sweat and gears
fans give the new
Kentucky Speedway the green flag
but new track passes test
SPARTA, Ky. After more than a year of anticipation,
auto racing fans from Kentucky, Ohio and Indiana in mid-June got their
first taste of big-time motor sports action at what could someday become
the new home for NASCARs elite Winston Cup series.
With an eventual Winston Cup race admittedly the ultimate
goal, Kentucky Speedway officials spent the June 16-17 weekend inaugurating
the new 1.5-mile tri-oval speedway with a NASCAR Craftsman Truck Series
event that drew an announced crowd of 63,750.
That number may have been much higher, but heavy rains the night before
prevented many fans from gaining entrance because the grassy parking
areas around the facility had turned too muddy and mushy for parking
cars. The resulting backup of traffic on I-71 forced track officials
and Kentucky State Police to agree to close the gates. Officials later
announced they would refund money for tickets purchased by anyone turned
When you get hit with three inches of rain in about a five-hour
period, it makes it really tough, said Ken-tucky Speed-way General
Manager Mark Cassis.
No one hated it any more than me, added track developer
Jerry Carroll. I wanted more than anything to get everyone in
here tonight. But it had become an unsafe situation.
We thought of everything except the rain, and we couldnt
do anything about that, said Winston Cup driver Darrell Waltrip,
an Owensboro, Ky., native who served as a consultant on building the
Saturdays festivities began with an afternoon concert by former
Eagles singer Joe Walsh. Then a cheetah from the Cincinnati Zoo was
briefly let loose in the infield in an attempt to set a new speed record
for a mammal.
Waltrip, Carroll, Cassis and Kentucky Gov. Paul Patton arrived in the
infield late Saturday afternoon via a black limousine pickup truck to
officially open the new $152 million speedway.
Gov. Patton, who admitted he had seen more horse than auto races, said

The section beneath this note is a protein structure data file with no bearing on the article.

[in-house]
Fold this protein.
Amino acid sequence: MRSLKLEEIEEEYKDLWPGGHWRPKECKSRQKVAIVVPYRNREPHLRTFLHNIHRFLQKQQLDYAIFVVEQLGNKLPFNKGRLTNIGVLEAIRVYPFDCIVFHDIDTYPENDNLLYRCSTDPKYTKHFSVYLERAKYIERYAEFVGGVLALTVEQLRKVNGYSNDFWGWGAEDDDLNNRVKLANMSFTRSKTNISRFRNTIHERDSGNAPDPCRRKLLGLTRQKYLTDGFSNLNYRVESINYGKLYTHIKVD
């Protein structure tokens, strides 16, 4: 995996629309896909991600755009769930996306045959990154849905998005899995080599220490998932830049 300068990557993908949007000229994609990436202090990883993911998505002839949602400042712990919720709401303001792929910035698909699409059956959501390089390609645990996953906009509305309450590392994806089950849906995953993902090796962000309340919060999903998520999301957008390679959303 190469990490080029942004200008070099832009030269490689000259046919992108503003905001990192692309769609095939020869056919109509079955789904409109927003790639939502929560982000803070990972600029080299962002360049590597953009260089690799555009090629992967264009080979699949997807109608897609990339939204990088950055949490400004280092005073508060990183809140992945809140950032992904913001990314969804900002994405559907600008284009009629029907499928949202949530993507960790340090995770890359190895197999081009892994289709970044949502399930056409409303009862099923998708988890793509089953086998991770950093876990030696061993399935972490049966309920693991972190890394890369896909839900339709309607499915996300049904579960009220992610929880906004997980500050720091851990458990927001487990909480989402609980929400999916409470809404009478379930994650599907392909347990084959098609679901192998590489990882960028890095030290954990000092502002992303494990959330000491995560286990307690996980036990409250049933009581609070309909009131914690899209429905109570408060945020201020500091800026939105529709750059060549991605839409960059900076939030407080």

the new track would add to the states tourism industry and help
build our states image with a first-class facility.
He added that the unique track design, which allowed spectators to see
from any seat, is like being on the 50-yard-line of a football
game or the finish line of a horse track. He predicted that a
future Winston Cup race here would be as big as the Kentucky Derby.
The four men later joined Kroger Co. president Bob Hodge on an infield
stage to present welcoming remarks and to greet each of the 31 drivers
who had qualified for the 150-lap Kroger 225 NASCAR Craftsman
Truck Series race.
But the start of the race was delayed 24 minutes while track vehicles
worked to dry the surface following a brief shower. Finally, after 10
cautions and a 63-minute mid-race rain delay, Greg Biffle of Vancouver,
Wash., eventually won the race ahead of Jack Sprague of Spring Lake,
Mich., and St. Louis Mike Wallace. By the time the checkered flag
fell, it was nearly 11:30 p.m.
The pre-opening night festivities on Friday fared much better, weather-wise,
with the hard downpours holding off until just after the checkered flag
fell on the NASCAR Slim Jim All-Pro race, The Kentucky 150.
That event, however, had its own weird turn when pole winner Wayne Andersons
apparent victory before an announced crowd of 36,210 was overturned
the next morning when he was disqualified for an illegal manifold setting.
Second-place finisher Billy Bigley Jr. was declared the winner of the
event, which marked the largest crowd ever for a Slim Jim All-Pro race.
During a weekend news conference, Carroll called the new track a
labor of love in a way, trying to make everything work and build something
that is rather unique. He also admitted that building the facility
without a single race scheduled was a gamble. But drivers and fans,
alike, raved about the first-class appearance of the new track, and
drivers and pit crew members especially noted the friendliness of the
Its a nice facility, and Im really impressed with
the hospitality here, said Jason Binger, a pit crew member for
driver Steve Grissom from Asheboro, N.C.
Ive seen a lot of big NAS-CAR tracks, and this one ranks
right up there with any of them, said Tim Miles, 34, of Atlanta.
He works part-time as an instructor for the Richard Petty Driving Experience,
scheduled to hold amateur driving classes at the track in September.
Carroll said bringing a Winston Cup race to Sparta would require proving
to NASCAR officials that the fan base and a lucrative market exists
here, and that his facility would be prepared to handle it.
Through sheer performance by putting butts in seats we hope to
impress the powers that be that we can have a Busch race in 2001 and
continue on that mode in 2002 or 2003 to accomplish the feat of having
a Winston Cup race, he said. That has been our goal, and
that is what we are working for.
Waltrip said, Hopefully, well get a Busch race down the
road, and then sit back and wait like everybody else. We just want them
(NASCAR officials) to judge us on our performance. Thats all we
Following his Truck Series victory, Biffle said, My opinion is,
youre going to see Busch and Winston Cup races come to Kentucky,
with the fans and a facility like this.
Several NASCAR officials attended the weekend events to witness first-hand
Mandy Smallwood, a public relations official with Jack Spragues
GMAC-sponsored Truck Series team, said, It was very unusual to
see the big guys here from NASCAR, and that means they are taking this
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